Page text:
Anil did not know anyone by that name, but promised to check for people matching the description I gave him. I was counting on Vasu’s having acquired a new name. I felt the ice between Anil and me had thawed well enough, and decided it was time to push him a bit.
‘Too much philosophy. Can we talk of some real situations? Maybe you can tell me about the Binayak Sen case.’
Social activist Dr Binayak Sen had been arrested for an alleged link with Maoists. At the time when my conversation with Anil took place, there was an extensive campaign to secure his release, with even some Nobel laureates joining in, writing to the prime minister pressing for his release.
‘Did he really help courier messages for you?’ I asked, not expecting any response. To my surprise, Anil answered with alacrity. ‘Oh yes, of course.’
I did not believe Anil was aware of the facts, so I asked him, ‘And what about Piyush Guha, who has been arrested for being Dr Sen’s conduit?’
‘Piyush was a courier for our leader Narayan Sanyal, just as I am a courier for Prashant. Dr Sen used to meet Narayanda in Raipur jail. Narayanda was one of the leaders who moved to Bihar after the Party was disbanded in 1972. He was the founding member of the Communist Party of India (Marxist-Leninist) Party Unity, one of the many factions our leaders formed.’
‘Oh yes, there were a lot of factions. I counted up to thirty-two—some were parties with single-digit members,’ I interjected.
‘Yes, that is a big problem,’ Anil said with a smile to acknowledge the dig. ‘We had so many parties, almost equal to the number of leaders. Slowly, they have started to come together now. Narayanda’s Party Unity merged with my Party, CPI (ML) People’s War, in 1998. Piyush was a full-time member of Party Unity. Later he became a part-timer, but he always worked harder than full-timers. Narayanda set up a business for Piyush as a tendu leaf contractor as a cover for his work as a courier.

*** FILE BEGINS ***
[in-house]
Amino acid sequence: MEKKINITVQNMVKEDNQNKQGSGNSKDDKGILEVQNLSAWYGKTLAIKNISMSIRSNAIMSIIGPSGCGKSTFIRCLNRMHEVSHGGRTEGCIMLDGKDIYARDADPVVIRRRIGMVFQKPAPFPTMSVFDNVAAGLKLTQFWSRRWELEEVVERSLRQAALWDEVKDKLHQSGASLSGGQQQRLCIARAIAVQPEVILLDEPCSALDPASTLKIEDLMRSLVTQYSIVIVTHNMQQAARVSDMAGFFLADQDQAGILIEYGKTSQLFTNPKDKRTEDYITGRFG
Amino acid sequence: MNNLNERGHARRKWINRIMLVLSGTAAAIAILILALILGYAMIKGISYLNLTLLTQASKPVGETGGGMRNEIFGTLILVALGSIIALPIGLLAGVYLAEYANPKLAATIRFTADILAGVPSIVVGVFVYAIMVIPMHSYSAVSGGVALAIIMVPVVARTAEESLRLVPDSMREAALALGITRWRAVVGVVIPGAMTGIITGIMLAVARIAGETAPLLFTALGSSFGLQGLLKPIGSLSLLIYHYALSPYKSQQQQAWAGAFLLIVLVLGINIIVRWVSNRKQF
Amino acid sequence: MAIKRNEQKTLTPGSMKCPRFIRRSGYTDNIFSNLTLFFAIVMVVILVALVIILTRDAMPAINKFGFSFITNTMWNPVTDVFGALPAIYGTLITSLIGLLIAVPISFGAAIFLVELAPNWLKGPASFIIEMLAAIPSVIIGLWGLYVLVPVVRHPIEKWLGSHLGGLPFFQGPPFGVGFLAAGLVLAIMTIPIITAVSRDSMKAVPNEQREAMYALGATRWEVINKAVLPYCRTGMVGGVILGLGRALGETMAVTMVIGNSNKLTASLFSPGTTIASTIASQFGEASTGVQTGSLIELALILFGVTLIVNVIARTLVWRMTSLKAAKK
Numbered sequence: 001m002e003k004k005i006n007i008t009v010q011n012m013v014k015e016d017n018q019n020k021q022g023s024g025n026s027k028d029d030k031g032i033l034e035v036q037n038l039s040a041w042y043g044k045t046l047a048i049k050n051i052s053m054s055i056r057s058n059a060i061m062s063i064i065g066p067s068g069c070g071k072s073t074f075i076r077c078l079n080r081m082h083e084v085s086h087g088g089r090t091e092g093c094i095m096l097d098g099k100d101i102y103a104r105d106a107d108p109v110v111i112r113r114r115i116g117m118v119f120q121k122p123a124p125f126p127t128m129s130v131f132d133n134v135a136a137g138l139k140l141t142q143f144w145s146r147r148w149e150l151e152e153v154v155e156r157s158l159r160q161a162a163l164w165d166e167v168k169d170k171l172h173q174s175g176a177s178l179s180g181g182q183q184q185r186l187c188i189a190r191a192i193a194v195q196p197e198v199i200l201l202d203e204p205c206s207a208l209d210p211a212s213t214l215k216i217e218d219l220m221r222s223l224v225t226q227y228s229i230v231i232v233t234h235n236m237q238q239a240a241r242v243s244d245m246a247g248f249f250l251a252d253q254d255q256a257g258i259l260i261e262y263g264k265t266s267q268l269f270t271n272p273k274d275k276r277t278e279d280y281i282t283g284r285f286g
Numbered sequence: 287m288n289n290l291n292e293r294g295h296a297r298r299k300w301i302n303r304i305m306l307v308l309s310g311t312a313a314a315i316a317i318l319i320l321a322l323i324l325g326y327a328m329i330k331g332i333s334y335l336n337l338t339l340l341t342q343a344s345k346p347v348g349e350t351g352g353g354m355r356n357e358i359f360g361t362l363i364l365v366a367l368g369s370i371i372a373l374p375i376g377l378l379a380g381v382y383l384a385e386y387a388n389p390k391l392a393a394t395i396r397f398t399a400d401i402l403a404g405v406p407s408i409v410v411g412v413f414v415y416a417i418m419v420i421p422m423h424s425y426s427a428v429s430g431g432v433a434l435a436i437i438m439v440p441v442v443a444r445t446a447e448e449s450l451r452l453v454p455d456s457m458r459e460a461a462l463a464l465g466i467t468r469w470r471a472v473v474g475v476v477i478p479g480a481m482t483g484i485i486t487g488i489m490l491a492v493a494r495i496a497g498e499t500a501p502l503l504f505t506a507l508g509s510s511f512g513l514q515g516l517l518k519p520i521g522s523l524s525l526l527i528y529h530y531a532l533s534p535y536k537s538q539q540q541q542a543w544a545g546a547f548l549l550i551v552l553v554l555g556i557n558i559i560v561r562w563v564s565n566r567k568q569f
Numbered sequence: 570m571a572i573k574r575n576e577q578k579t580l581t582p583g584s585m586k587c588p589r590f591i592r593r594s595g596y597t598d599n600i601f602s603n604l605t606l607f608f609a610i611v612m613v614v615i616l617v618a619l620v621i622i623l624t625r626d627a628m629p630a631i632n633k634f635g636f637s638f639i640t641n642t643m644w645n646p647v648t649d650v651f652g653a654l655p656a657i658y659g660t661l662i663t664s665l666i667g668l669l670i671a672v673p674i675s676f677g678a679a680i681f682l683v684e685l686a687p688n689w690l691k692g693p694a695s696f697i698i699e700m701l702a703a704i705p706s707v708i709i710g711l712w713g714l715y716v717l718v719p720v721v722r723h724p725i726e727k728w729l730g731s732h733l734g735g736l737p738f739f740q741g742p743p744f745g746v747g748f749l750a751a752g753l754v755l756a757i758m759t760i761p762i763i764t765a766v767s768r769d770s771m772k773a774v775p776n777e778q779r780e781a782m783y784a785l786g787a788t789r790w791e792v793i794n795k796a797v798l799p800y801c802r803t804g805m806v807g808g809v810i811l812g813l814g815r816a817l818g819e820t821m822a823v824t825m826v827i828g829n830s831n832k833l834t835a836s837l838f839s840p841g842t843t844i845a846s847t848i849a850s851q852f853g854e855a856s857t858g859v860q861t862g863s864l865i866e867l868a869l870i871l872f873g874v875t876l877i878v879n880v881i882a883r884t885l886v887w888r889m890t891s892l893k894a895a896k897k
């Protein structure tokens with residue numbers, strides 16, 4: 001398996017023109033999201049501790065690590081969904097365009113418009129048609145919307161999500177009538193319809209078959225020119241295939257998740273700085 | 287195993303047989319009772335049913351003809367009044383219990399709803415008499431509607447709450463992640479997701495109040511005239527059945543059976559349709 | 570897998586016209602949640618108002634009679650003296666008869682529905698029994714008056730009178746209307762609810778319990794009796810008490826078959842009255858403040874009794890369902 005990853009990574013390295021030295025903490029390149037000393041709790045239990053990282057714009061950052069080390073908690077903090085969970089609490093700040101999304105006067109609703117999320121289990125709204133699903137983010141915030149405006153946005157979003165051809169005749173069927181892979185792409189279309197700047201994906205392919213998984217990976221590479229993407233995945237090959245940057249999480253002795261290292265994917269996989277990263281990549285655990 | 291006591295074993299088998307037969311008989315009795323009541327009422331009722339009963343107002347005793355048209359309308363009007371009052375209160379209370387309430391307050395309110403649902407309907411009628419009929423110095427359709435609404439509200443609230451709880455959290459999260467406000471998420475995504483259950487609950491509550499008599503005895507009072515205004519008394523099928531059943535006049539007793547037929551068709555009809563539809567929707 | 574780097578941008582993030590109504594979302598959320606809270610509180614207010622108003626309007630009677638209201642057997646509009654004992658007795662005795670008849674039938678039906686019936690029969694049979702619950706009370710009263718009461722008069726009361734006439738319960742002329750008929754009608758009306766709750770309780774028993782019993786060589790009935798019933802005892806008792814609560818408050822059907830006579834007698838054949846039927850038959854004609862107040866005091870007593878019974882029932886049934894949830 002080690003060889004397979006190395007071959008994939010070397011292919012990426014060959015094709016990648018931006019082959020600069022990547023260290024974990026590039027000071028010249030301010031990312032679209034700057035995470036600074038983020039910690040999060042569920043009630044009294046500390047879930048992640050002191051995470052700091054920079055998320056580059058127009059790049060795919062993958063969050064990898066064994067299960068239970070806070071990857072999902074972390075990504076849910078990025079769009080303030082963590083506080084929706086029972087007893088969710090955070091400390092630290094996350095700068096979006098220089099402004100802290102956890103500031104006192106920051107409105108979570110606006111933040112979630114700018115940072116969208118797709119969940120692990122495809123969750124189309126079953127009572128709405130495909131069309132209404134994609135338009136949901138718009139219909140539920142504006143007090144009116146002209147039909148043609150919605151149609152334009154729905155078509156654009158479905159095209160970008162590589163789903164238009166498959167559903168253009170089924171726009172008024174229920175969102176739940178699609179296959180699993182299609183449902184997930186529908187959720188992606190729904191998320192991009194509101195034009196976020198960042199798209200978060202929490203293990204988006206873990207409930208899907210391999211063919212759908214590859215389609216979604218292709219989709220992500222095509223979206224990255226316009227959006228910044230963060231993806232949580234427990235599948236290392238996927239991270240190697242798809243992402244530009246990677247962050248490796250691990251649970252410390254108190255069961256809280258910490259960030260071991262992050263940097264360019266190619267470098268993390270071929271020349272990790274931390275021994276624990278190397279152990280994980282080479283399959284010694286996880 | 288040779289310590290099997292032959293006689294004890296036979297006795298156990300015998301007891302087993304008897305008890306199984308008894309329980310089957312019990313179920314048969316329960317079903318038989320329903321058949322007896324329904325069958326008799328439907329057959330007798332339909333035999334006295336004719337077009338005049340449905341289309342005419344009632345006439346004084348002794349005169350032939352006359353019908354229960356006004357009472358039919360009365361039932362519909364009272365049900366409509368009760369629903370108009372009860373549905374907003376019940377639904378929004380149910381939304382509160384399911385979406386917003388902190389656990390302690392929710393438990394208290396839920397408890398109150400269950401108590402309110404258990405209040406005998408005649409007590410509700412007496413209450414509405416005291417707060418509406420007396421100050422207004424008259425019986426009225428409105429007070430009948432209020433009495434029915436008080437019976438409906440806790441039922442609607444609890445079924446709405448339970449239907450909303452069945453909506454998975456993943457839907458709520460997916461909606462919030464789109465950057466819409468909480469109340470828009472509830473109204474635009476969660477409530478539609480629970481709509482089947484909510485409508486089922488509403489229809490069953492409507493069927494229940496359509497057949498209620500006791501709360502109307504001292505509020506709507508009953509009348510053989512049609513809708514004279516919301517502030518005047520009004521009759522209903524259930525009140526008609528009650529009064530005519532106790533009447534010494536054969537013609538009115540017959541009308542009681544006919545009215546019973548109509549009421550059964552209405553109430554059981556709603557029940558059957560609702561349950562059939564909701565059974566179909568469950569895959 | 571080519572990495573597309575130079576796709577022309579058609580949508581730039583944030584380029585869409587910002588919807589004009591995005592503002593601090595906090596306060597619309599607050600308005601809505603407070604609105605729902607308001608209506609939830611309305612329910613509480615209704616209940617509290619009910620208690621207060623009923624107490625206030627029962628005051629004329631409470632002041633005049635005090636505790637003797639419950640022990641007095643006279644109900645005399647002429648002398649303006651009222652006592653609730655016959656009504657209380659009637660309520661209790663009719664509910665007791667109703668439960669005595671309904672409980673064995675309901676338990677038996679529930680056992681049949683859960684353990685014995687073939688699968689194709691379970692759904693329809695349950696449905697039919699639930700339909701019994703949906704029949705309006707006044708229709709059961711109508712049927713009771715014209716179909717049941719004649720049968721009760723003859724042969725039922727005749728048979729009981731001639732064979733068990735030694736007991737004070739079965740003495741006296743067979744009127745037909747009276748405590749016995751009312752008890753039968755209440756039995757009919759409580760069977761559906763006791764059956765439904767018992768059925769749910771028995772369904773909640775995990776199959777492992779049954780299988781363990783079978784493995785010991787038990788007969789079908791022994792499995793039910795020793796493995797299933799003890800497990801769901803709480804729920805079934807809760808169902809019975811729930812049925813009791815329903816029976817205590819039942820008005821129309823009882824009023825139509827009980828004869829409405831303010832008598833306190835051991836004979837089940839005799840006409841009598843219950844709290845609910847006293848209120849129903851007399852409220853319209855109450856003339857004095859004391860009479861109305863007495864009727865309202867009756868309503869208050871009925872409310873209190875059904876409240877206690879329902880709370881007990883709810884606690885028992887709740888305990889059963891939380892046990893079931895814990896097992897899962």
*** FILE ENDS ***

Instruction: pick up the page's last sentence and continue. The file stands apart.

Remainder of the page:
‘When Narayanda needed funds for his legal expenses after his arrest, Piyush collected Rs 50,000 from Sabyasachi Panda, the Orissa secretary of the Party, and went to deliver the money to Binayak Sen in Raipur. He spoke to Binayakda over the phone—I think the phone was tapped. The police picked Piyush up from the hotel at which he was staying. By the time Dr Sen and Mrs Sen reached the hotel, Piyush was gone. The hotel manager denied that anyone by the name of Piyush had stayed there.
‘After that incident, Binayakda happened to go to Kolkata on work. When we did not hear from Piyush for a few days, we got worried. I went to meet Binayakda at his mother’s house in Kalyani and asked him to go back to Raipur to look for Piyush. He agreed. That is the story of my first meeting with Binayakda.’
It was an interesting angle, but I could hardly put it down in writing without confirmation from other sources. At a later date, I had the opportunity to meet Sabyasachi Panda, then head of the Maoists in Orissa. I asked him why he had sent Rs 50,000 to Dr Sen. Perhaps I caught him by surprise with the way I framed the question, or perhaps he assumed I was privy to that information. Whatever his reason, he acknowledged having lent the money to Piyush for Narayan Sanyal. I asked him if he ever got the money back. Piyush had been arrested before he could deliver or return the money, he replied. He also said he had apprised the Party’s Central Committee of the course of events.
Later, when I contacted Dr Binayak Sen for his version of the story, his lawyer called back to say, ‘All this is hearsay and has no truth in it.’